This post briefly describes an approach to studying minds and designing artificial ones; the need to name this approach; the term integrative design-oriented as the name for the approach; and the need for a manifesto regarding the approach. In the main, it points to a draft manifesto.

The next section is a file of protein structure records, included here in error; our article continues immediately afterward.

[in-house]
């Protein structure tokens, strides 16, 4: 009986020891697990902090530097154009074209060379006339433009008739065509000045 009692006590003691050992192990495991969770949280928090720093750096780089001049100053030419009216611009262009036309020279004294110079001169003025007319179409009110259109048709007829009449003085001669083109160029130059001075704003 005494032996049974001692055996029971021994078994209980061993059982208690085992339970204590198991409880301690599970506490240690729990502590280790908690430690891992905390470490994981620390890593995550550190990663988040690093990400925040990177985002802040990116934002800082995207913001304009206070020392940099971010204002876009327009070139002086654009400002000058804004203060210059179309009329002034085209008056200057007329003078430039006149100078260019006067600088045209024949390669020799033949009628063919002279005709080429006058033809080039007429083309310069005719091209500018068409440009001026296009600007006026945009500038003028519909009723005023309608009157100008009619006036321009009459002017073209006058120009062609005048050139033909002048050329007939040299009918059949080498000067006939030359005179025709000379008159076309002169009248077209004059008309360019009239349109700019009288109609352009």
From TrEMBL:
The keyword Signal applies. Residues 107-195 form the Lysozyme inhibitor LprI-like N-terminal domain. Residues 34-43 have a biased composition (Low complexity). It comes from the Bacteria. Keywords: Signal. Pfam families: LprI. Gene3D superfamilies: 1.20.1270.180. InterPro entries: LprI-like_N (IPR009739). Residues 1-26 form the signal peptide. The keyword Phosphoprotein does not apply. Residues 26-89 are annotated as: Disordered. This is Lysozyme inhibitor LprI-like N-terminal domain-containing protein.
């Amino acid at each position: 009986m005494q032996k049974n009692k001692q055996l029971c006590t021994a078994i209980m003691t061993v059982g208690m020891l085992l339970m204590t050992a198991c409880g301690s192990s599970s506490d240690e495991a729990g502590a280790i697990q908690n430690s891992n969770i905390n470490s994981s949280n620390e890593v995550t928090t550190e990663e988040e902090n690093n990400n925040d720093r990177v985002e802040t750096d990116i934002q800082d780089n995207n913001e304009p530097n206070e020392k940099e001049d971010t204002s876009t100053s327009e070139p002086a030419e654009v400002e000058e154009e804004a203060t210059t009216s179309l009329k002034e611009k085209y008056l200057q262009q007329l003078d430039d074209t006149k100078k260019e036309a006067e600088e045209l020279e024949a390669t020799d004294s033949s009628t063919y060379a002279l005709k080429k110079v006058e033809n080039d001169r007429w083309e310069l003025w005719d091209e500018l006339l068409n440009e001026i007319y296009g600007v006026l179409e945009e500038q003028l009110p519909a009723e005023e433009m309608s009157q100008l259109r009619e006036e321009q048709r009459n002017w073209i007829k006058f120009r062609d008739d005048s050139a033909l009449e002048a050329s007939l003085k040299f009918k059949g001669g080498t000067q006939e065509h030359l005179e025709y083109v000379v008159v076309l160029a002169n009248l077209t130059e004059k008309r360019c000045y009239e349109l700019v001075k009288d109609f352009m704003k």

For many years I was dissatisfied with the name I used to refer to a certain approach to human mind (cognitive science and AI). How we name scientific concepts is actually quite important. In Cognitive Productivity: Using Knowledge to Become Profoundly Effective, I referred to the approach as “broad cognitive science”. I used the term “broad” to convey an attempt to understand a wide spectrum of capabilities that are often treated in isolation from each other under the banners of “cognition”, “affect” (“emotion” / “attitudes”, “moods”), “motivation”, “volition”, “executive functions”, etc. The approach means not to study these functions in isolation from each other, but as interacting and often blended mechanisms. By “cognitive science” I also meant an expansive approach to understanding human mind — one that is truly interdisciplinary and computational.